Students learn new study habits with Sanger Learning Center workshops

Meara Isenberg

“Dice, dollar bill, octopus.” These were three of 16 random words that lit up the projector screen in the Sanger Learning Center workshop space on Wednesday afternoon. 

However, when the screen turned off a minute later, no one in the room could recall more than five — a result of SLC Outreach Assistant Angela Yu’s instructions for participants to count the vowels, not read the words.

“This happens a lot when we study,” finance junior Yu said. “We get really deep into the details, and we forget the overarching subject.”

Yu lead the Study Smarter, Not Harder workshop, which is one of five unique workshops the SLC is offering for free to students each semester.

The sessions are held on the third floor of Jester Center and are designed to help students rise to the challenge of understanding difficult college coursework, said SLC Learning Specialist Courtney Sviatko.

“A lot of students come to UT with study habits from high school that maybe need to be reassessed,” Sviatko said. “We are just trying to give them research-based best practices that we know will apply to any course they’re in.”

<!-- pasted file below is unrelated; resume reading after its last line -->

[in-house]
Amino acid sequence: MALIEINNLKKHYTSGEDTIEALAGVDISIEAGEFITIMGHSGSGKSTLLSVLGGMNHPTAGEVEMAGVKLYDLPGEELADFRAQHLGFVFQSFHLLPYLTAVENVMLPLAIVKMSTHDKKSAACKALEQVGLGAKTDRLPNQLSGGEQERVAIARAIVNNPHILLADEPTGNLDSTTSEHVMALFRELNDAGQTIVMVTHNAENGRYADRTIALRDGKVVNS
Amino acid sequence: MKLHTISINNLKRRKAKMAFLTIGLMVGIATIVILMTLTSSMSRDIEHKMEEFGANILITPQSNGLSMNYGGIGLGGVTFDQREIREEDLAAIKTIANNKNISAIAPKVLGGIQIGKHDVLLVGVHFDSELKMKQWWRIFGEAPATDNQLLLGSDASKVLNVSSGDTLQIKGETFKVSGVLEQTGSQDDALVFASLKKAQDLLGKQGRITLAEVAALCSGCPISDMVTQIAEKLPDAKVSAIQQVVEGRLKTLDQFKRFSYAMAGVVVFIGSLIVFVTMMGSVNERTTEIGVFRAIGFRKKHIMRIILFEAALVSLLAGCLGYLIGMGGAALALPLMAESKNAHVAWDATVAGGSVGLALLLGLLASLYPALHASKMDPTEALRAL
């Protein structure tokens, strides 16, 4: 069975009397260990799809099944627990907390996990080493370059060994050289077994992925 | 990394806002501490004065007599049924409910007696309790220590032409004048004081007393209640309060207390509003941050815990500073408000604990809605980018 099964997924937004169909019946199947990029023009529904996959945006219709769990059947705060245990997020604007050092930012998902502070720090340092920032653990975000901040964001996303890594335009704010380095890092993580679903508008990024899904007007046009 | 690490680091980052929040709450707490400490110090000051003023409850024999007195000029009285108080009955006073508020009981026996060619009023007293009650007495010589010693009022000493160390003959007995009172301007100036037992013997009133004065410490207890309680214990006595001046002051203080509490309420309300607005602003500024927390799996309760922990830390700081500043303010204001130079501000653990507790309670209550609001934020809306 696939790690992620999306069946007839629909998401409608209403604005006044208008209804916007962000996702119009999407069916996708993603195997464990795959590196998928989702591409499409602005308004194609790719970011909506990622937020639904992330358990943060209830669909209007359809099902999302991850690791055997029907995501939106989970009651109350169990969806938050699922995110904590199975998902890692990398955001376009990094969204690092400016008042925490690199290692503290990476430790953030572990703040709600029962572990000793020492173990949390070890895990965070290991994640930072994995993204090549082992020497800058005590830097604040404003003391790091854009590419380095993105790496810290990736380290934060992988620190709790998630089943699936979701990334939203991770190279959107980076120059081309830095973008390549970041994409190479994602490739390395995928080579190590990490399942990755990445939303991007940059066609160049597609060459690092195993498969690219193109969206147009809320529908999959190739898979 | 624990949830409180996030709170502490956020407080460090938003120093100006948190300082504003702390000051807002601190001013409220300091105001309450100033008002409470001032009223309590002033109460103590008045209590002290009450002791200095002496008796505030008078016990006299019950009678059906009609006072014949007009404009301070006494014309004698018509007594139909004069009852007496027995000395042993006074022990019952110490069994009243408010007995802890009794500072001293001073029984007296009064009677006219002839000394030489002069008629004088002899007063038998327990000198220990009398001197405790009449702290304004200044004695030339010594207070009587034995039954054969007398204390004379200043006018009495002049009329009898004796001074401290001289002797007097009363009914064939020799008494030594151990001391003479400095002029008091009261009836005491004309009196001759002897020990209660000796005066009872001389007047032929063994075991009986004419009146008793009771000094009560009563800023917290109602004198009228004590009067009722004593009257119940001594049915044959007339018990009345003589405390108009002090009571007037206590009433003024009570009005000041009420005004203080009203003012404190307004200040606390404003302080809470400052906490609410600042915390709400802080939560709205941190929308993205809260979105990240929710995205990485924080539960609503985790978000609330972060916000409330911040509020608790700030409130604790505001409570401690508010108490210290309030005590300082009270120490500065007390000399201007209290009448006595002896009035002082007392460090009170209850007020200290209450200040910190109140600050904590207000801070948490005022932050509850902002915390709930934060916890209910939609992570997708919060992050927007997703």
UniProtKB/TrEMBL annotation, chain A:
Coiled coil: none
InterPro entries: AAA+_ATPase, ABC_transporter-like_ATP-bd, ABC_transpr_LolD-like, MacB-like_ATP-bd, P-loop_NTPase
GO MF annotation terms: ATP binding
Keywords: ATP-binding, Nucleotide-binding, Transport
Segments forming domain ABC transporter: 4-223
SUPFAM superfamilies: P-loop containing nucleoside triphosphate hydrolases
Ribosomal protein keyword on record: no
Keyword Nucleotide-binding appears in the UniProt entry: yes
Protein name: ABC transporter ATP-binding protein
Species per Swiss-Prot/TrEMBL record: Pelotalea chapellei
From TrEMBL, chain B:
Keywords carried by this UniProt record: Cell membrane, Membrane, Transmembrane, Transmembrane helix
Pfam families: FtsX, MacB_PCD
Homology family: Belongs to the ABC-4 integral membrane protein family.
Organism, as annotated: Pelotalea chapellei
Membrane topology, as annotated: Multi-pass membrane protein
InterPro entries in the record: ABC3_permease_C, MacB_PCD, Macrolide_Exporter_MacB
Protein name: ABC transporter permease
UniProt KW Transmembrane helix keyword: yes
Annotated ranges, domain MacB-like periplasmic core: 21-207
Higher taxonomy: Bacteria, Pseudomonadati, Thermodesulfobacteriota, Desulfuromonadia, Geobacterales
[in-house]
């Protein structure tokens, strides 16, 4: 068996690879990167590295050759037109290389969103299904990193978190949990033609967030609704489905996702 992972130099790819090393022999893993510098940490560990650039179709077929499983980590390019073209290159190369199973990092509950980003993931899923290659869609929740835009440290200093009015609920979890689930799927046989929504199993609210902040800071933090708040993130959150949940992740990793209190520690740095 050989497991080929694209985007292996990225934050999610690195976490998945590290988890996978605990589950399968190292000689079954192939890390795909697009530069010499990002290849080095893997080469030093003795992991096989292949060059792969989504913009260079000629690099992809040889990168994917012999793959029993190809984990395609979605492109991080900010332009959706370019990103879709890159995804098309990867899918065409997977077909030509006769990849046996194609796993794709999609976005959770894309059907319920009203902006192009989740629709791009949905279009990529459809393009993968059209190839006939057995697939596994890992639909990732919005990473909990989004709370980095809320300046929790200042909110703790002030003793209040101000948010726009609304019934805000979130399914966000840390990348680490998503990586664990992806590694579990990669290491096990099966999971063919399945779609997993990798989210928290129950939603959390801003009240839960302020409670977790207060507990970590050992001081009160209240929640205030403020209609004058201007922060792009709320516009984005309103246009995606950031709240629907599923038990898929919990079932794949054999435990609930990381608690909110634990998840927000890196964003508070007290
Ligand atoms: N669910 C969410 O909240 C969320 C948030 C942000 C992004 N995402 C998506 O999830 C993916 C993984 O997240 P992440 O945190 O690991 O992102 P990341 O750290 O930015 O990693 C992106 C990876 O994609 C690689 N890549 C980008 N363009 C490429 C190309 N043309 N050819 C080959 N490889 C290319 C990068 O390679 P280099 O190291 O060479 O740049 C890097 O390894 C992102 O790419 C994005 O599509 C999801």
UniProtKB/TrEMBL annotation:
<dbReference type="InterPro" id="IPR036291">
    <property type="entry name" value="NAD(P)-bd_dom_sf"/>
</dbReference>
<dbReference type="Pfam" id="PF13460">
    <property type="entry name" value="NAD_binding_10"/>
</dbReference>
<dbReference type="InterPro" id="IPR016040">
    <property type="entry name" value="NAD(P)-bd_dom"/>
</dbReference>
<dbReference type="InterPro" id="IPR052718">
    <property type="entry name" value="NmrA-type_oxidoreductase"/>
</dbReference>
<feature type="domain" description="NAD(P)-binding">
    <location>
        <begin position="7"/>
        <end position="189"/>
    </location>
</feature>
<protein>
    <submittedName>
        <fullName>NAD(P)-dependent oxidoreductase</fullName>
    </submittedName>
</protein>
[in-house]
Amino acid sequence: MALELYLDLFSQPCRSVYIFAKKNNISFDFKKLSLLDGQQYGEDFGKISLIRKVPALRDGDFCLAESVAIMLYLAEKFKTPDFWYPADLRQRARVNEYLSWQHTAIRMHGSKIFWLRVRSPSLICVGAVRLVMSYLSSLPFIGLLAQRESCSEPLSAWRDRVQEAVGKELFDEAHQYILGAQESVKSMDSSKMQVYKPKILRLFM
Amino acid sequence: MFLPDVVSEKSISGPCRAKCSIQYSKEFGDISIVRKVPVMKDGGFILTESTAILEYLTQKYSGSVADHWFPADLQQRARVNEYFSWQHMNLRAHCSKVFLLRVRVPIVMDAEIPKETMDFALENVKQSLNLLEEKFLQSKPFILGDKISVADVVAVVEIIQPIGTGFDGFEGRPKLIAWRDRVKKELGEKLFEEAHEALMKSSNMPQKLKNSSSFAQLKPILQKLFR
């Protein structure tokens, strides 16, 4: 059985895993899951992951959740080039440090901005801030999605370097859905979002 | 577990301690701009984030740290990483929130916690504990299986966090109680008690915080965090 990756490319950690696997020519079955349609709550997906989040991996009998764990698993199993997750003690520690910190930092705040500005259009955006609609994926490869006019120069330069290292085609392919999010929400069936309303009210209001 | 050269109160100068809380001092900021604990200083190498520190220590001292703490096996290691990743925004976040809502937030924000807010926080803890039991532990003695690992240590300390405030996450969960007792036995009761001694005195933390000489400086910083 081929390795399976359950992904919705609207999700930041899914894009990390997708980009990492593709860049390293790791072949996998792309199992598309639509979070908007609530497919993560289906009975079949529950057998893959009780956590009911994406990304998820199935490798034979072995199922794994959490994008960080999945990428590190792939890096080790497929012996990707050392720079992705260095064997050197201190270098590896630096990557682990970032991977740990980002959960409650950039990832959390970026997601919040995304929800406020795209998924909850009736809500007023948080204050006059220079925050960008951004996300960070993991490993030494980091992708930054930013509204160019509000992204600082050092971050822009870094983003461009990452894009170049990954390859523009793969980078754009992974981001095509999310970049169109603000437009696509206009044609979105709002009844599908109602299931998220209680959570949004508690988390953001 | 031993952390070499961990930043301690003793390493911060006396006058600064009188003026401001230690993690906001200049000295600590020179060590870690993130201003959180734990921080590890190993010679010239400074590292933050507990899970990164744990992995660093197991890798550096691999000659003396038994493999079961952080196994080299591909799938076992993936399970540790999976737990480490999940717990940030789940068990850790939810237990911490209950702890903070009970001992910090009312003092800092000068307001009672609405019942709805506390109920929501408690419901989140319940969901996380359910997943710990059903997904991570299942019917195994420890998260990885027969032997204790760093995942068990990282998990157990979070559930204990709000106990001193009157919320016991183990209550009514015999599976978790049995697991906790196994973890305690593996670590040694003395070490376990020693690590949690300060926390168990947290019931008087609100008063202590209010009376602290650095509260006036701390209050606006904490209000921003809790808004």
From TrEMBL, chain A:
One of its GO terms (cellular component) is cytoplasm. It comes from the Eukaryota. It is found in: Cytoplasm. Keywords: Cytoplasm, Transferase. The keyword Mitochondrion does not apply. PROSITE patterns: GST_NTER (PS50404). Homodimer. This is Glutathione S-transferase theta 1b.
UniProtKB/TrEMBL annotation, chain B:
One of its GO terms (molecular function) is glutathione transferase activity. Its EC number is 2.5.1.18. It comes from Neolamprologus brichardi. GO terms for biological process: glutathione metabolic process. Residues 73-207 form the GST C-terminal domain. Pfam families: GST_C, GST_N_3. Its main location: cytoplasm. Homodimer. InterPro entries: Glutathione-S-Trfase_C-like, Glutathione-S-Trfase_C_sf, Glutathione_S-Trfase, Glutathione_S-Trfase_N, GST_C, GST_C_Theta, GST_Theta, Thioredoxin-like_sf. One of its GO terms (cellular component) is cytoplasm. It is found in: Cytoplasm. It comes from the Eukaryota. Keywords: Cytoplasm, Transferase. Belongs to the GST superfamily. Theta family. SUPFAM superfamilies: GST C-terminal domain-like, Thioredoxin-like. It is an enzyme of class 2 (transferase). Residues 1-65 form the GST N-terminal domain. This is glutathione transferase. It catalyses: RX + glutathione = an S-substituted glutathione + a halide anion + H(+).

Yu explained the first step to understanding material is to preview what the class is going to be about.

The next step, Yu instructed, is going back over notes. She said after 24 hours, students lose 40 percent of knowledge from class, and after 48 hours, they lose 60 percent.

Finally, she recommends students memorize notes in a way that is relatable to them using output methods which require one to apply the information they have learned. 

“Self-testing is a great method to quiz yourself, because there is another output method that you’re doing,” Yu said. 

Rhetoric and writing freshman Gabrielle Ponds said she attended the workshop because she had recently studied for an economics test by looking over her notes and was not confident in her performance.

Ponds said she is going to try the self-testing method in the future and hopes others who are struggling with studying can find methods that work for them.

“Definitely seek out help,” Ponds said. “There’s so many resources, and whether you use them or not, your tuition is paying for them, so you might as well use them.”

Registration for future workshops is available on the SLC website.